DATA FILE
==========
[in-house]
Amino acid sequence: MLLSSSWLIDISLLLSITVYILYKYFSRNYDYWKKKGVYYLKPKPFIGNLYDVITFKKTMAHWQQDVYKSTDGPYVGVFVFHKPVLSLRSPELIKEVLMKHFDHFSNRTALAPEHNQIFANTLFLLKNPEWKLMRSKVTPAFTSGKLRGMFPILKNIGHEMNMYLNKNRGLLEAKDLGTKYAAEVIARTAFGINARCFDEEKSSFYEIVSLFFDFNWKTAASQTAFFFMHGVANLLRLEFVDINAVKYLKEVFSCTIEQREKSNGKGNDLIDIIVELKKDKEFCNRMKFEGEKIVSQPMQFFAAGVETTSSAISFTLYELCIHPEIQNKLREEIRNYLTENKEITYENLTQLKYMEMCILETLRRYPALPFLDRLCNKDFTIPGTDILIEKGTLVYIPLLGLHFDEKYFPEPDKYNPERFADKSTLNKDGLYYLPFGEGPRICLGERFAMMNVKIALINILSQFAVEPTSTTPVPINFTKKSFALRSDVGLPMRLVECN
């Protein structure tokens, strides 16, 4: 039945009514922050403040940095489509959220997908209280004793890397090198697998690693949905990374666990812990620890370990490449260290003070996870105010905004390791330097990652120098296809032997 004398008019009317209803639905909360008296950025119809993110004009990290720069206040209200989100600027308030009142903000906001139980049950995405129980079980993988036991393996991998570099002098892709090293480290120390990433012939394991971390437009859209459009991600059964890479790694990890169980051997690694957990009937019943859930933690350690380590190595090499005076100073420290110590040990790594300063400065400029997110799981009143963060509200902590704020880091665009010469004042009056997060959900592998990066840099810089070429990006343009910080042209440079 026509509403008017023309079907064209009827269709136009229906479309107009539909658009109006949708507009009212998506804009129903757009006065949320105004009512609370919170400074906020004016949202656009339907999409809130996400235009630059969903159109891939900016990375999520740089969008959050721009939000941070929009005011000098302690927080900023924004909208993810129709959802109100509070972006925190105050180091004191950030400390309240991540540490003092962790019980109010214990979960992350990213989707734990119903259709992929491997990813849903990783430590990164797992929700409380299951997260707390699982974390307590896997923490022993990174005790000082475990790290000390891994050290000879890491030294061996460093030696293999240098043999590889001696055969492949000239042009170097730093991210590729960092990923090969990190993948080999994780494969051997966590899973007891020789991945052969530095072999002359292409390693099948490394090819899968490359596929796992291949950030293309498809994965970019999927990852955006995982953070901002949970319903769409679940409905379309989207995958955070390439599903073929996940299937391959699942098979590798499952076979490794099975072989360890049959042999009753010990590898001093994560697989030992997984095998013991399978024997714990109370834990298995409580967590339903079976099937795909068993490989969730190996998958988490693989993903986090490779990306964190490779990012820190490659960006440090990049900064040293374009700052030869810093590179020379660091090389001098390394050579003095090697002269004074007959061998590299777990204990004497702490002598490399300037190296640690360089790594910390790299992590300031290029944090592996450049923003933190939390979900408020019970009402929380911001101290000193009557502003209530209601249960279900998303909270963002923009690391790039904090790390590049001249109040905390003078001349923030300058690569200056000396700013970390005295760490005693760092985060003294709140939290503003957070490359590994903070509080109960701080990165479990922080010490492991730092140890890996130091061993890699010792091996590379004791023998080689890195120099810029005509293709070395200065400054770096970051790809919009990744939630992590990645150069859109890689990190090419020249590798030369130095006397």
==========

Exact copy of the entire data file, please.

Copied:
[in-house]
Amino acid sequence: MLLSSSWLIDISLLLSITVYILYKYFSRNYDYWKKKGVYYLKPKPFIGNLYDVITFKKTMAHWQQDVYKSTDGPYVGVFVFHKPVLSLRSPELIKEVLMKHFDHFSNRTALAPEHNQIFANTLFLLKNPEWKLMRSKVTPAFTSGKLRGMFPILKNIGHEMNMYLNKNRGLLEAKDLGTKYAAEVIARTAFGINARCFDEEKSSFYEIVSLFFDFNWKTAASQTAFFFMHGVANLLRLEFVDINAVKYLKEVFSCTIEQREKSNGKGNDLIDIIVELKKDKEFCNRMKFEGEKIVSQPMQFFAAGVETTSSAISFTLYELCIHPEIQNKLREEIRNYLTENKEITYENLTQLKYMEMCILETLRRYPALPFLDRLCNKDFTIPGTDILIEKGTLVYIPLLGLHFDEKYFPEPDKYNPERFADKSTLNKDGLYYLPFGEGPRICLGERFAMMNVKIALINILSQFAVEPTSTTPVPINFTKKSFALRSDVGLPMRLVECN
């Protein structure tokens, strides 16, 4: 039945009514922050403040940095489509959220997908209280004793890397090198697998690693949905990374666990812990620890370990490449260290003070996870105010905004390791330097990652120098296809032997 004398008019009317209803639905909360008296950025119809993110004009990290720069206040209200989100600027308030009142903000906001139980049950995405129980079980993988036991393996991998570099002098892709090293480290120390990433012939394991971390437009859209459009991600059964890479790694990890169980051997690694957990009937019943859930933690350690380590190595090499005076100073420290110590040990790594300063400065400029997110799981009143963060509200902590704020880091665009010469004042009056997060959900592998990066840099810089070429990006343009910080042209440079 026509509403008017023309079907064209009827269709136009229906479309107009539909658009109006949708507009009212998506804009129903757009006065949320105004009512609370919170400074906020004016949202656009339907999409809130996400235009630059969903159109891939900016990375999520740089969008959050721009939000941070929009005011000098302690927080900023924004909208993810129709959802109100509070972006925190105050180091004191950030400390309240991540540490003092962790019980109010214990979960992350990213989707734990119903259709992929491997990813849903990783430590990164797992929700409380299951997260707390699982974390307590896997923490022993990174005790000082475990790290000390891994050290000879890491030294061996460093030696293999240098043999590889001696055969492949000239042009170097730093991210590729960092990923090969990190993948080999994780494969051997966590899973007891020789991945052969530095072999002359292409390693099948490394090819899968490359596929796992291949950030293309498809994965970019999927990852955006995982953070901002949970319903769409679940409905379309989207995958955070390439599903073929996940299937391959699942098979590798499952076979490794099975072989360890049959042999009753010990590898001093994560697989030992997984095998013991399978024997714990109370834990298995409580967590339903079976099937795909068993490989969730190996998958988490693989993903986090490779990306964190490779990012820190490659960006440090990049900064040293374009700052030869810093590179020379660091090389001098390394050579003095090697002269004074007959061998590299777990204990004497702490002598490399300037190296640690360089790594910390790299992590300031290029944090592996450049923003933190939390979900408020019970009402929380911001101290000193009557502003209530209601249960279900998303909270963002923009690391790039904090790390590049001249109040905390003078001349923030300058690569200056000396700013970390005295760490005693760092985060003294709140939290503003957070490359590994903070509080109960701080990165479990922080010490492991730092140890890996130091061993890699010792091996590379004791023998080689890195120099810029005509293709070395200065400054770096970051790809919009990744939630992590990645150069859109890689990190090419020249590798030369130095006397």